Interactions and Fast Dynamics in Magnetic Nanoparticles and Magnetic Tunnel Junction Based Spintronics
Nanometer-sized magnets have been widely used in the semiconductor industry and medical treatment. The delivery and performance for such applications need thorough knowledge about the material properties, device fabrication and underlying physics dictating the evolution of the system. I worked on two kinds of nanomagnets, the chemically synthesized magnetic nanoparticles (NPs) and the thin film-based spintronics made by nanofabrication. I used Electron Microscopes to learn the geometry and structure of the system and improvements were made for the application purposes. I also used magnetometries to study the macroscopic picture of the magnetic response, at a relatively long measurement timescale (1 − 102 𝑠). To measure the small timescale (𝑛𝑠 − 𝜇𝑠 ) response, I did scanning probe measurements to get the real time electric signal, which can directly measure the time evolution of a single device. I then applied the theory of nanomagnet interactions and the algorithms for computing to make the nanomagnets into functional assemblies.
In Chapter 1, I studied the spin configuration for the NP assemblies using polarization analyzed small angle neutron scattering (PASANS). I synthesized the manganese ferrite (𝑀𝑛𝐹𝑒2𝑂4) NPs using a modified hot injection method. The 𝑀𝑛𝐹𝑒2𝑂4 NPs had a uniform 𝑀𝑛2+ and 𝐹𝑒3+ ion distribution, comparing to the traditional synthesis method where a core-shell structure would be induced by the decomposition temperature difference of the precursors. The NPs were made into FCC packed nanocrystals and put into the neutron beamline to collect the scattering data. I developed a numerical method based on the 3-D Fourier transformation method to simulate the single particle form factor and the structure factor of the FCC packaging. This method could be used to select the possible spin configurations in the NPs to fit the experimental measured data. The (111) Bragg peak of the Cobalt Ferrite (𝐶𝑜𝐹𝑒2𝑂4) and Magnetite (𝐹𝑒3𝑂4) NPs were studied.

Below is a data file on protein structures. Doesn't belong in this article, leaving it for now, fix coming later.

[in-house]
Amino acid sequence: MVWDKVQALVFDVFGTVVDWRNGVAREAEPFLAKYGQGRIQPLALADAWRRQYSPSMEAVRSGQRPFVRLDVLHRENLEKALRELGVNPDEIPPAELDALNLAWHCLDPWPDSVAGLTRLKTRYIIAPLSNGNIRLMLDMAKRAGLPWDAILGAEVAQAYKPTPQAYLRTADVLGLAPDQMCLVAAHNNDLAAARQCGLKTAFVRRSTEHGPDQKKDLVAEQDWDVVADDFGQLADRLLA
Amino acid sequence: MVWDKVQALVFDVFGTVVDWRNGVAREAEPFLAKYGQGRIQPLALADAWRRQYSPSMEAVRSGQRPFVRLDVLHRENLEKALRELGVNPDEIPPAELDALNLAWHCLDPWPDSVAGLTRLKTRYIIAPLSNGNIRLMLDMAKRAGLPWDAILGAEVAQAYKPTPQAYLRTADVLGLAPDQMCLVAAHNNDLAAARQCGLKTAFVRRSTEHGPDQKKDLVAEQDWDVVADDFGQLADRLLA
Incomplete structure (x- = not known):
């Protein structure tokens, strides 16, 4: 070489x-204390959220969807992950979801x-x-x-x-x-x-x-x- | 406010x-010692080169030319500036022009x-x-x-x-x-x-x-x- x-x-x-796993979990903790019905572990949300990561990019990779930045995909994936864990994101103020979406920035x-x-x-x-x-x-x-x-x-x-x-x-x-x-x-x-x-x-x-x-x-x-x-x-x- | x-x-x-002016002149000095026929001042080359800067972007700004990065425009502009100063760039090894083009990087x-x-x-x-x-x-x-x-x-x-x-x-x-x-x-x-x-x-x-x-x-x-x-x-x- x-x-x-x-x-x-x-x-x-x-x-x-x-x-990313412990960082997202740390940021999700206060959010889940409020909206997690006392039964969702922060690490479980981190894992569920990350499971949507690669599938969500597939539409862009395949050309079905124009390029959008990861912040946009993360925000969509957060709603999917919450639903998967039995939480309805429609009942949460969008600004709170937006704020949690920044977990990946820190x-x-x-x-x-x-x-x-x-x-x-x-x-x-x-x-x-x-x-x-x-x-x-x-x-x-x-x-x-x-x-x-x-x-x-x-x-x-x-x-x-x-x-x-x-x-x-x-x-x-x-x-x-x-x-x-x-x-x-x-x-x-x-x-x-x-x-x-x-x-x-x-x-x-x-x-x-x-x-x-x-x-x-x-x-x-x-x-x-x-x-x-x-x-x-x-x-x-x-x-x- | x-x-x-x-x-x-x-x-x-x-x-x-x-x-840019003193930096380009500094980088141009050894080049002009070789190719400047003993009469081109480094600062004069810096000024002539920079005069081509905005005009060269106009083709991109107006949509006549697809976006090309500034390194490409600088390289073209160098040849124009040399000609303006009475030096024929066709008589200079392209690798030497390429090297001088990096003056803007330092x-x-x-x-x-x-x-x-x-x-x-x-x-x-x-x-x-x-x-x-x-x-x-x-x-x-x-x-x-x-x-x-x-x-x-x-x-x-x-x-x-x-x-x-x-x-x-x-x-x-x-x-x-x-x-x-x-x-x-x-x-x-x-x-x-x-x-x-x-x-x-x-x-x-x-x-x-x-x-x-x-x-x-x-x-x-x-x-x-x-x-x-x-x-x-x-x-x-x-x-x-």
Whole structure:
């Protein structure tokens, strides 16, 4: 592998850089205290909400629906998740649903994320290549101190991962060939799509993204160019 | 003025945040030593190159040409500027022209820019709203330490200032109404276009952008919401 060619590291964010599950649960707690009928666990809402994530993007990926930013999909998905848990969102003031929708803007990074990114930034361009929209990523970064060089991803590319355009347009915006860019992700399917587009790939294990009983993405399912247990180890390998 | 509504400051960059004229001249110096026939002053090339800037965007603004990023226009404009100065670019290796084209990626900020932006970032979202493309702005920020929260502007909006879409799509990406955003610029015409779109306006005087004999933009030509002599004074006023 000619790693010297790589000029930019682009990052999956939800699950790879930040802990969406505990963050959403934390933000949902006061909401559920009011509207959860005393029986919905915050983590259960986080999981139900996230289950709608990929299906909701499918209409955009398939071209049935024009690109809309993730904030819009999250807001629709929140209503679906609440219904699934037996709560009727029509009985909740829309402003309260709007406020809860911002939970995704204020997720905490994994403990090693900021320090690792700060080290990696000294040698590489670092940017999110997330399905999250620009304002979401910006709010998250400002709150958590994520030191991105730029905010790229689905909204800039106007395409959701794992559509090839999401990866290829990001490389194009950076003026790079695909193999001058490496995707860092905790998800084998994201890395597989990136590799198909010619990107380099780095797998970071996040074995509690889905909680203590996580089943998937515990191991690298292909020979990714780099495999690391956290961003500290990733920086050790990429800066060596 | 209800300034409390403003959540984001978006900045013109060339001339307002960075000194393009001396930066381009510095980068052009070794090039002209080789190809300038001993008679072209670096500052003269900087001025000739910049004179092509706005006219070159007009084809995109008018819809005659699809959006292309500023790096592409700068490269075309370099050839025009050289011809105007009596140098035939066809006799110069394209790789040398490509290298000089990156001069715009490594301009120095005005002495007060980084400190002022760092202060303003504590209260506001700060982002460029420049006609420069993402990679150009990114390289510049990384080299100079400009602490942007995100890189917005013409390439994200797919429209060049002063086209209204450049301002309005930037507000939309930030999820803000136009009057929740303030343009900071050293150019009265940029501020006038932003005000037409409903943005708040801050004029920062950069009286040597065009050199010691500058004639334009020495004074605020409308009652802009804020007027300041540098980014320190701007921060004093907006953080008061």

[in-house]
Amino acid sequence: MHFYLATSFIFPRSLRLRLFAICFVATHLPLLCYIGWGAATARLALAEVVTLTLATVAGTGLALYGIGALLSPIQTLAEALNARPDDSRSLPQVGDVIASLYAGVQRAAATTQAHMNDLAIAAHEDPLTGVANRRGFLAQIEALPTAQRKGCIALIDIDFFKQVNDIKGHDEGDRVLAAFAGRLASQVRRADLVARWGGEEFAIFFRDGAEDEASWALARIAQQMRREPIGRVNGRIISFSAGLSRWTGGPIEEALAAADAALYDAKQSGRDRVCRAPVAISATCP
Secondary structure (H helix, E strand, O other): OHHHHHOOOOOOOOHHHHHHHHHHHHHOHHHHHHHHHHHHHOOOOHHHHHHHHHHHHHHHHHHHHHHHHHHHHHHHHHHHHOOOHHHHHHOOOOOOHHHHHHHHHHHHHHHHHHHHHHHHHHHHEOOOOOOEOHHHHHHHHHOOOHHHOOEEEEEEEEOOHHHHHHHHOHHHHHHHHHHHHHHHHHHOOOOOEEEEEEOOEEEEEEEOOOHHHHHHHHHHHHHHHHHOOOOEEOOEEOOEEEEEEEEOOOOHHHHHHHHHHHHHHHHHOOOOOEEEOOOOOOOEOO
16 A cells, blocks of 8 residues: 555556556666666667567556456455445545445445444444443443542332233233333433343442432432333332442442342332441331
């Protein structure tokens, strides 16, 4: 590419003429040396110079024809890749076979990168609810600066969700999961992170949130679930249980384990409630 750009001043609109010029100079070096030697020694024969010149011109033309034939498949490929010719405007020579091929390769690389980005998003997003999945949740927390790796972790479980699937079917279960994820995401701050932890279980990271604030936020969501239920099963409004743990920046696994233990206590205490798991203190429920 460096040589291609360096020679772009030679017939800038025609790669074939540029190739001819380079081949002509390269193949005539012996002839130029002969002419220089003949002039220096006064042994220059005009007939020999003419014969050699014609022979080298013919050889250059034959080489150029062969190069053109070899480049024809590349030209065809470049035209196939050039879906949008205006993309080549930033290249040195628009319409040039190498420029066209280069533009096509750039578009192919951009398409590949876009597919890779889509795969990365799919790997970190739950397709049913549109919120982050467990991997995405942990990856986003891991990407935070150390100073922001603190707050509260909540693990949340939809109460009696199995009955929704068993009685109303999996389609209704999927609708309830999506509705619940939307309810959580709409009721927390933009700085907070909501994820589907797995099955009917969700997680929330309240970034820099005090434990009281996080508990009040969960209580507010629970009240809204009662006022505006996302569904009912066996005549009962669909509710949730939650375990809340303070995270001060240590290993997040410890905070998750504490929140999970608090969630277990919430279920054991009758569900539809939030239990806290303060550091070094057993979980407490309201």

In Chapter 2, I synthesized the 𝐹𝑒3𝑂4 nanoparticles using a two-step growth method and the 𝐹𝑒3𝑂4 NPs were diluted in the eicosane to measure the susceptibility, under a field consisting of both AC and DC components. This gives information about the heat delivery of the NPs when and AC magnetic field is used to drive the NP assembly. The system was analyzed based on the picture of an interacting assembly that has a distribution of energy barriers.
In Chapter 3, I fabricated magnetic tunnel junctions (MTJs) with shape anisotropy and measured the tunnel magnetoresistance (TMR) using conductive atomic force microscope (cAFM) in a field with both hard axis and easy axis component. The devices were hardwired to prevent side wall oxidation. The Stoner-Wohlfarth model was applied to the analysis of the field dependent hysteresis loops to estimate the shape anisotropy energy barrier. It was found that a field along the hard axis direction can reduce the energy barrier and make the device telegraph. Assisted with the external field, the MTJs could be driven to an unstable state and work as a probabilistic bit to carry out probabilistic computing algorithms.